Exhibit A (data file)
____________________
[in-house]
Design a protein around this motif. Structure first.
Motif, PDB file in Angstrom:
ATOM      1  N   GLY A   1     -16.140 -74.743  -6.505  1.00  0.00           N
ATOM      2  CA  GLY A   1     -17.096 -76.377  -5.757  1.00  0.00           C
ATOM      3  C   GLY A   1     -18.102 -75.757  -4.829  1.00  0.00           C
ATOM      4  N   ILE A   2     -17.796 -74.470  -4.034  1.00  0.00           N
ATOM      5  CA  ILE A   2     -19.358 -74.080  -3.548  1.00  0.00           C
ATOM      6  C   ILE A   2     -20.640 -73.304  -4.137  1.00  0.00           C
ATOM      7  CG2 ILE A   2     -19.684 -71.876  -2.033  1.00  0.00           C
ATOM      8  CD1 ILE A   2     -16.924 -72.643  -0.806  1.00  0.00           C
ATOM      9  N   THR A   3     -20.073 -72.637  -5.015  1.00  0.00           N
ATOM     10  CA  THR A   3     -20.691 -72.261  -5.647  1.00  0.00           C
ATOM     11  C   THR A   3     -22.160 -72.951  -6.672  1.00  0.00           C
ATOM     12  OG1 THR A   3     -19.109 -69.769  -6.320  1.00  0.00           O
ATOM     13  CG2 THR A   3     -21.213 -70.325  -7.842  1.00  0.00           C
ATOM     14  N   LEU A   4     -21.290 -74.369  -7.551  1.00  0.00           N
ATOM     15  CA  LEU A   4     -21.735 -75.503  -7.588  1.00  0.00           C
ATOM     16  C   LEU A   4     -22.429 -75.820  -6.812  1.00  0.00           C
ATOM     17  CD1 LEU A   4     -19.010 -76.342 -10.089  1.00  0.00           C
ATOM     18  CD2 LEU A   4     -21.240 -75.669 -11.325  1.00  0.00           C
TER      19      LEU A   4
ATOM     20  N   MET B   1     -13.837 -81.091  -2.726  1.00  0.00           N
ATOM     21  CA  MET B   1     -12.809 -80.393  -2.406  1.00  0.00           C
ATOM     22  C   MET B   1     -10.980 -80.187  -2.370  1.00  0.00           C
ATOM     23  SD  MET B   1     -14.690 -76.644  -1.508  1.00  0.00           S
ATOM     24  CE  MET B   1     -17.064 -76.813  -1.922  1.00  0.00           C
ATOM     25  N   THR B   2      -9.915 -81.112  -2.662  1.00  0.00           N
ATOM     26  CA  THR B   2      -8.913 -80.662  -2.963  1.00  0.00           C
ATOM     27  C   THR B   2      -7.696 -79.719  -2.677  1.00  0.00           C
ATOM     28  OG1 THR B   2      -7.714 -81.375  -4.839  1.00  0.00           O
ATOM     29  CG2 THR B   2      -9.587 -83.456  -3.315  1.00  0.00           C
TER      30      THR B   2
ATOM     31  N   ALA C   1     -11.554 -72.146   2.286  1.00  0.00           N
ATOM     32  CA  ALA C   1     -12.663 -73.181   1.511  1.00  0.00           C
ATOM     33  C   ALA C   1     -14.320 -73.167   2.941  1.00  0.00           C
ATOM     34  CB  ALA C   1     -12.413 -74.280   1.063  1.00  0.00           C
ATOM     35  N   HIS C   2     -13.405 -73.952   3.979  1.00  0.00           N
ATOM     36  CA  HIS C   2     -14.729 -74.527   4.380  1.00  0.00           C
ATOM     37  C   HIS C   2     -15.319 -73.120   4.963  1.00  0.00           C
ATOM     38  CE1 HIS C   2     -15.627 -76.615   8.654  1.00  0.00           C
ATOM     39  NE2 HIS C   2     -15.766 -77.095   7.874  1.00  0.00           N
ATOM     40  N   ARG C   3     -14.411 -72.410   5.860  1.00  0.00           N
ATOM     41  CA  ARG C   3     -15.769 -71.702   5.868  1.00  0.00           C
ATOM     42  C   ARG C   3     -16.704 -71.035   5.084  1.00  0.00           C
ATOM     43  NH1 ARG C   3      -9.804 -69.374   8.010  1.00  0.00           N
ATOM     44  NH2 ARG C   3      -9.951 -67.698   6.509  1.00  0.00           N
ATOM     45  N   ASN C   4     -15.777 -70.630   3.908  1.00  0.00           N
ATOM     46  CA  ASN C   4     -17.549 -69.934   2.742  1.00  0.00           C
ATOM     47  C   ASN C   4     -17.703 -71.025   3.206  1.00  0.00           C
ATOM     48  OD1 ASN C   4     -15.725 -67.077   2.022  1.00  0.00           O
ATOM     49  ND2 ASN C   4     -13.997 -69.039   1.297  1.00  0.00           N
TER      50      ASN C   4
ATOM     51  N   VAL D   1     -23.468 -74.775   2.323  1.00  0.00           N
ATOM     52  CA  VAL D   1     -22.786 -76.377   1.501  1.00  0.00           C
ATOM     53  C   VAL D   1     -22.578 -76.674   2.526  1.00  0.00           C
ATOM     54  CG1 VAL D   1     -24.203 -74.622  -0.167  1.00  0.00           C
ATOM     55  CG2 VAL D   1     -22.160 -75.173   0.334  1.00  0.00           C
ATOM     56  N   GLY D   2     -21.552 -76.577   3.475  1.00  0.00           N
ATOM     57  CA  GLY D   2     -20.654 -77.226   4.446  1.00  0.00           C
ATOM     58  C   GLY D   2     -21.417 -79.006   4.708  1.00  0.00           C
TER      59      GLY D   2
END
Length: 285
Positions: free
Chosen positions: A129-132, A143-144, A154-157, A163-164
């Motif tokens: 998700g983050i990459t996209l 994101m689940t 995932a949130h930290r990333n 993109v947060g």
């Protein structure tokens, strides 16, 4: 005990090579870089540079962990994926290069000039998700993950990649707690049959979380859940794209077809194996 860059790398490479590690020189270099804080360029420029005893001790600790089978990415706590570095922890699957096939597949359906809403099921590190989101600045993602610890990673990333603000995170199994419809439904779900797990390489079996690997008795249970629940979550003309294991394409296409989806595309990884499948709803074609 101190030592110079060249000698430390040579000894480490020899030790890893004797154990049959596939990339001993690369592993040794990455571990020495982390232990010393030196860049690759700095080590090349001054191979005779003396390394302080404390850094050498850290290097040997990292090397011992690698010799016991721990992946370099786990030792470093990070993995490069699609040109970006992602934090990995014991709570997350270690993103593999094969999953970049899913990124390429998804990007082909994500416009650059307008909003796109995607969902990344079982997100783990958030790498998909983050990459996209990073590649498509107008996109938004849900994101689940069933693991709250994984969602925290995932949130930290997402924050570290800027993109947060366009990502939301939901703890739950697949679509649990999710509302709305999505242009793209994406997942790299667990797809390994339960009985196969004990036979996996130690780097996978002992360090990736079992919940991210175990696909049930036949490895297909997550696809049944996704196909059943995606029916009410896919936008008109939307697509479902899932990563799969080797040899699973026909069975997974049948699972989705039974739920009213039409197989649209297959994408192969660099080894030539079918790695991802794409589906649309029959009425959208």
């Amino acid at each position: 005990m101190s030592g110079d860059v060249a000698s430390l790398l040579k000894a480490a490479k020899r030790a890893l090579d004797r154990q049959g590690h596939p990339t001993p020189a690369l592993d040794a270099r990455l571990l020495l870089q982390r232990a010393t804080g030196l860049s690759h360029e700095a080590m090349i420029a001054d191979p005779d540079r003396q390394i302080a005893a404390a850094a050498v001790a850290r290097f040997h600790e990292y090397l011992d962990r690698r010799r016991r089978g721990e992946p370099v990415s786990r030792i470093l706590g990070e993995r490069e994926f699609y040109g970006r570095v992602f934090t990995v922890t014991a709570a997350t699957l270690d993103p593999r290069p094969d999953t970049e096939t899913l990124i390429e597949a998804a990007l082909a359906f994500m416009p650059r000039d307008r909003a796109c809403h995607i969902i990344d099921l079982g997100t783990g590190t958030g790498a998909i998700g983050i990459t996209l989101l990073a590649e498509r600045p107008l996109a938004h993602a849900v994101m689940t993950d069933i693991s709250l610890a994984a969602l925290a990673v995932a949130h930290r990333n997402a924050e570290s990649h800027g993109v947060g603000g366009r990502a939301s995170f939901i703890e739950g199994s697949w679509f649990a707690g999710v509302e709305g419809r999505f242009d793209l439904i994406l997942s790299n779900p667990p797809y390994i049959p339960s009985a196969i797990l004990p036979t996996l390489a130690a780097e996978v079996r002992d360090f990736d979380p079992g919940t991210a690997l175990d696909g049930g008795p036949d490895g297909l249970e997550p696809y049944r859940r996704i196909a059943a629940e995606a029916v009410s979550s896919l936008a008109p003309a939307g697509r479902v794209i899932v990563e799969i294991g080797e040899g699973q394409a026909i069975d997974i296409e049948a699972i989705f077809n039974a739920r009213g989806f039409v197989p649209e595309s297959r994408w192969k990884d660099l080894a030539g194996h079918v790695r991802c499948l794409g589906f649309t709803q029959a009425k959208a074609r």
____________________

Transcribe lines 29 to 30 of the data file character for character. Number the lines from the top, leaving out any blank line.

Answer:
ATOM     26  CA  THR B   2      -8.913 -80.662  -2.963  1.00  0.00           C
ATOM     27  C   THR B   2      -7.696 -79.719  -2.677  1.00  0.00           C